The House passed the fiscal 2013 Energy and Water Appropriations bill Wednesday, which addresses Hanford and Yucca Mountain budget issues, private docks on the Columbia River and salmon-eating birds in the Mid-Columbia.
While much remained the same as in earlier versions of the bill, the House did approve an amendment to provide more money to the Nuclear Regulatory Commission in an attempt to force a continuation of licensing activities for the Yucca Mountain, Nev., nuclear waste repository.
The $10 million increase won bipartisan support and passed 326 to 81, with Rep. Doc Hastings, R-Wash., among those in favor. The money would come from the DOE departmental administration account for salaries and expenses.
"This continues to show House support for completion of the Yucca Mountain review process within NRC," said Rep. John Shimkus, R-Ill., who sponsored the amendment, in a statement. "After having spent 30 years and $15 billion, the NRC refuses to follow the law and complete the review process."
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The amendment removes the excuse that the NRC lacks the money to perform the work, he said.
The repository, which the Obama administration has opposed, was planned to accept Hanford's irradiated nuclear fuel and its high level radioactive waste once it is glassified at the Hanford vitrification plant.
The House version of the Hanford budget remains unchanged from April when Hastings worked to get $8 million added to the original House proposal for the tank farms.
Hastings also supported an amendment this week by Rep. Ben Lujan, D-N.M., that would have increased defense environmental cleanup spending by DOE by $22 million, but the amendment failed 174-244.
The final House budget for Hanford includes $690 million for the vitrification plant and $473 million for the tank farms, which is $6 million above the amount estimated to be needed to do work required by a court-enforced consent decree.
It cuts $10 million from the administration's request of $963 million for cleanup under the DOE Hanford Richland Operations Office, which is responsible for Hanford projects other than the vitrification plant and the radioactive waste left from past weapons plutonium production that is held in underground tanks.
Those amounts will be reconciled with the Hanford budget that passes the Senate.
In other issues specific to the Mid-Columbia, the language accompanying the appropriations bill requires the Army Corps of Engineers to continue to work with local residents to address their concerns with the McNary Shoreline Management Plan as the Corps moves forward with implementation of the plan, according to Hastings' staff. Hastings wrote the language.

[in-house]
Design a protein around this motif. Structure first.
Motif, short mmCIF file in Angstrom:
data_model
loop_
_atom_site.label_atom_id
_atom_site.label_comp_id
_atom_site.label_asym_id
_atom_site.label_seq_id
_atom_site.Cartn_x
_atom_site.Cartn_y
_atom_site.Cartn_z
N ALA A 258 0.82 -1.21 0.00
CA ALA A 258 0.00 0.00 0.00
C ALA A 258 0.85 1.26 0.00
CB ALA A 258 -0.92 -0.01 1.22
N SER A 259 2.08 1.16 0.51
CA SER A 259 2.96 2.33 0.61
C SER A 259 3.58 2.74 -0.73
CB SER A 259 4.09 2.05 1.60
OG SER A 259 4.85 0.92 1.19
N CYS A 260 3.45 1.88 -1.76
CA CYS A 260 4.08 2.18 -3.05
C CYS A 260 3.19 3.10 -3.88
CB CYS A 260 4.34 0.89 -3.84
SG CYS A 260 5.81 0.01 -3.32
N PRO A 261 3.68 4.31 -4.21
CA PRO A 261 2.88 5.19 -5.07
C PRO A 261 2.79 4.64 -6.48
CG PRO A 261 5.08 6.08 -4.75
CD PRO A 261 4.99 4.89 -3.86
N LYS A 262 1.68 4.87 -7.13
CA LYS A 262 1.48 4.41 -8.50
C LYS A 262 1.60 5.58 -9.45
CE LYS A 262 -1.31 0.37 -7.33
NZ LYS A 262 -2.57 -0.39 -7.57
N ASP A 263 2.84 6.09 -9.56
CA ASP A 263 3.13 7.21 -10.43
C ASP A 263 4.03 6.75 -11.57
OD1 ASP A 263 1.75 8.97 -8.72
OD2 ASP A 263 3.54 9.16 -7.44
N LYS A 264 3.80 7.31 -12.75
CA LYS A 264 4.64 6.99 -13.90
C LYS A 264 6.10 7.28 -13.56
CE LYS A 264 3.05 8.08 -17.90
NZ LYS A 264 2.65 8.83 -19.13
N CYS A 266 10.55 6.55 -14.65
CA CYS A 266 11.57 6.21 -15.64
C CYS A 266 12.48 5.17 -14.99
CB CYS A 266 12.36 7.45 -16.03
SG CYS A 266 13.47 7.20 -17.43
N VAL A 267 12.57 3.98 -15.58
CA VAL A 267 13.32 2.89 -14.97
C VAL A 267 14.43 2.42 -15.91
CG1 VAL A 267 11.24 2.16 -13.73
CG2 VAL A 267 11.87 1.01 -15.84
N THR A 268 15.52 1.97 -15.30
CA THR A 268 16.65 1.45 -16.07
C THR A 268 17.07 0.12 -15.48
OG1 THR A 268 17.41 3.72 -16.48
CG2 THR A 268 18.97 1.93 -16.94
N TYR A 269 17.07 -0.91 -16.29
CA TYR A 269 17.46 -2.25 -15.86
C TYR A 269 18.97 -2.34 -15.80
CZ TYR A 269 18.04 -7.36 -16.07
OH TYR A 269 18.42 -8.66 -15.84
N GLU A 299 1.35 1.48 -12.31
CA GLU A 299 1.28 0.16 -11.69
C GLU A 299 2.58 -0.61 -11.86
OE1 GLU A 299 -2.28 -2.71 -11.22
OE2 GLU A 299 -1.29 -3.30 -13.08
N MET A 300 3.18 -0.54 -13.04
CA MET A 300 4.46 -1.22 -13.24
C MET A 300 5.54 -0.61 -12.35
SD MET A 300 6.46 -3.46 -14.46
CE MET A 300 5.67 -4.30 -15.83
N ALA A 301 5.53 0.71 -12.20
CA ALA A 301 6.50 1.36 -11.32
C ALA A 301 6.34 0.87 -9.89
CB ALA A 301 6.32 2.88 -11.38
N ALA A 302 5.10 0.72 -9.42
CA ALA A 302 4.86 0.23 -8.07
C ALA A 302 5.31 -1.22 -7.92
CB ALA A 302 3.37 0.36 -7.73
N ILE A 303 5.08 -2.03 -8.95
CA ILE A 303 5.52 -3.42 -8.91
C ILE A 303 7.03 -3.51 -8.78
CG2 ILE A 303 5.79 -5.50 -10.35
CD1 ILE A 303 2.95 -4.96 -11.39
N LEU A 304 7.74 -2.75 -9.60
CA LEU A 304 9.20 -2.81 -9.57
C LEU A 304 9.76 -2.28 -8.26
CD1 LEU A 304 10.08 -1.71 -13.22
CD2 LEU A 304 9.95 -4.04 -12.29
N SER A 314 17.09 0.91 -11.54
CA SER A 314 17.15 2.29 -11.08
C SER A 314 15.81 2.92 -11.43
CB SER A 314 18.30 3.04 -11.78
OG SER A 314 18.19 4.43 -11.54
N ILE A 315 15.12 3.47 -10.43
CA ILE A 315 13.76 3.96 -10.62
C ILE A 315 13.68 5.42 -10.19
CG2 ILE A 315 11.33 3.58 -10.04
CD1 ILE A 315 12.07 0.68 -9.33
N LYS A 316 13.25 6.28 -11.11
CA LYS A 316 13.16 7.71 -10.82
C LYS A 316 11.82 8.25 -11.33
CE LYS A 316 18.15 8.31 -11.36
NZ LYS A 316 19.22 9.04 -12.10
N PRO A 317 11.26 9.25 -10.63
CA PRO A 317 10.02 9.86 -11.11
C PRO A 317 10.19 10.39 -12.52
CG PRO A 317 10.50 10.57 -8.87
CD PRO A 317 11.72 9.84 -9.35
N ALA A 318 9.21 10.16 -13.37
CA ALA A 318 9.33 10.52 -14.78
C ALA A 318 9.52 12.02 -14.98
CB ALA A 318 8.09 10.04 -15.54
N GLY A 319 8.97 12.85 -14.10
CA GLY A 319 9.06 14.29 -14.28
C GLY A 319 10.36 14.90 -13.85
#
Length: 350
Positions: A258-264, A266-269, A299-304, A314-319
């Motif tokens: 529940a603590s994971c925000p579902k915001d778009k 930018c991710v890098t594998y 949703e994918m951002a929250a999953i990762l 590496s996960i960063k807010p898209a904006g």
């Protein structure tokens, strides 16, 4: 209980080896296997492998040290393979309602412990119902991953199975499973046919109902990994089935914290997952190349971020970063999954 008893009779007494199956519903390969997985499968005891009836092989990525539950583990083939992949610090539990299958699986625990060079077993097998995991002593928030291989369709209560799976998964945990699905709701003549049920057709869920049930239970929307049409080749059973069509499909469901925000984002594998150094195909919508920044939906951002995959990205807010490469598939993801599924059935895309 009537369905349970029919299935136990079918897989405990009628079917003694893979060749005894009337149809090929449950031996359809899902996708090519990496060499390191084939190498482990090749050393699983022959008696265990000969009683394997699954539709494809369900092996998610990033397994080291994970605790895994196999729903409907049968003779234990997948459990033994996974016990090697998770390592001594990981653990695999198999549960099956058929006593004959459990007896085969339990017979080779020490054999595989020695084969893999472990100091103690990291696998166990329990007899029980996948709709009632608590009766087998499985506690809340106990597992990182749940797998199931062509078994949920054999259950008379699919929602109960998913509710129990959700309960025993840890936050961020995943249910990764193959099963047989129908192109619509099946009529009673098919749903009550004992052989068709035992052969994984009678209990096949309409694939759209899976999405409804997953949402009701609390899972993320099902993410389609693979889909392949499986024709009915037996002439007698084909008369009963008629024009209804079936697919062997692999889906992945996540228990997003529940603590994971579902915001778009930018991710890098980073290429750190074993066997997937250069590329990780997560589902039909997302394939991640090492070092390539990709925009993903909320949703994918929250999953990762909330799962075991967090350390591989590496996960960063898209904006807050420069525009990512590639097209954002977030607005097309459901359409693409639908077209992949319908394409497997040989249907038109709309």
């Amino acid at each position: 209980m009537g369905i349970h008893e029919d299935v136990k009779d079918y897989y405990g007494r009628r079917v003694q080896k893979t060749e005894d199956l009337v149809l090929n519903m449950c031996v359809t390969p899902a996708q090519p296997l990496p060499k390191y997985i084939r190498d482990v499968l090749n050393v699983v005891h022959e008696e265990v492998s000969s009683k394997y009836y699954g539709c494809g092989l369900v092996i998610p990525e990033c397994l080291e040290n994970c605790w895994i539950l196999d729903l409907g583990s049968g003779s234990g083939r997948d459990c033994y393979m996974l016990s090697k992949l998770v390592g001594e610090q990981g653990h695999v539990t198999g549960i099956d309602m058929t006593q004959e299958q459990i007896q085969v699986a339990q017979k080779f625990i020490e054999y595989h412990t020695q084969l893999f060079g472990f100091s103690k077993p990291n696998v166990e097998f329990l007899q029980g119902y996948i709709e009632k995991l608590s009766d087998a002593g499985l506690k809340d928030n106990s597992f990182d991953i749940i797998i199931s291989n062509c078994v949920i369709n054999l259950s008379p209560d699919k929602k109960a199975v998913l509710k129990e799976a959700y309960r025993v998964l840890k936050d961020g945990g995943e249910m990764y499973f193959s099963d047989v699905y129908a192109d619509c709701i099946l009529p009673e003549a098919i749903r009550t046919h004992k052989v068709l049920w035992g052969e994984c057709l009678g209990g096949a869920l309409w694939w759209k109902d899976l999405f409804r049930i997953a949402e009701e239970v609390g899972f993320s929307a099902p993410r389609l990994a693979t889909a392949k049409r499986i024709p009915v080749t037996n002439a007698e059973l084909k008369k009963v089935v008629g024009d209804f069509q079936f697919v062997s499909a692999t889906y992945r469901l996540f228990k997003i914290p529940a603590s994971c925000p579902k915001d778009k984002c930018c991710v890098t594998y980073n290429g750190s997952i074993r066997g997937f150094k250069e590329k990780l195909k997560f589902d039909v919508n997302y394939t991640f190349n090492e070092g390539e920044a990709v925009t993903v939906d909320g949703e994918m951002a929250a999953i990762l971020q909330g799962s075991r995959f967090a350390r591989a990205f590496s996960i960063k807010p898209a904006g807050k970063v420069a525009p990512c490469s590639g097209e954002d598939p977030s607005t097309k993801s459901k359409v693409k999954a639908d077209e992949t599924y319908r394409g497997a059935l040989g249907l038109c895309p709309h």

In June 2011 the Corps proposed new mandates covering the length, width, color and transparency of docks in the McNary area to reduce the impact to endangered fish. A revised proposal in October addressed some issues, including removing the requirement for improving existing docks if they are safe and have not been significantly modified since the last permit was issued.
However, concerns remain, according to Hastings' staff.
"I still believe claims that docks impact fish survival rates is fiction and not science," Hastings said in a statement. "I am continuing to pressure the National Marine Fisheries Service to either withdraw their statements or provide some sort of justification for these limitations that they have forced on dock owners throughout the state."
The bill passed Wednesday also included report language directing federal agencies to make protecting Northwest salmon from predatory birds a priority. It authorizes the Corps to expedite any appropriate actions, including killing predatory birds or destroying their eggs.
A new Oregon State University report concluded that Caspian terns, cormorants, gulls and other predatory birds consume as many as 15 percent of endangered Columbia River steelhead smolt as they migrate upstream from Bonneville Dam, according to the bill report.
The September 2011 research report concluded that the biggest benefit to salmon smolt would be seen by reducing predation by Caspian terns nesting at Goose Island in the Potholes Reservoir near Othello. The terns fly over the river and feed on juvenile salmon.
For Snake River juvenile salmon, the biggest benefit would result from controlling predation by terns on Crescent Island, which is just below the mouth of the Snake River, the report stated.
"It only makes sense to focus scarce federal resources on the most significant threat to endangered salmon, and last fall's scientific report makes it clear that predatory birds pose a real danger to fish recovery efforts on the Columbia River," Hastings said. "Northwest residents face limits on economic and recreational activities and pay nearly $1 billion annually through utility bills and taxpayer dollars on efforts to benefit only a small percentage of endangered salmon, all while predatory birds are eating as much as 15 percent every year," he said.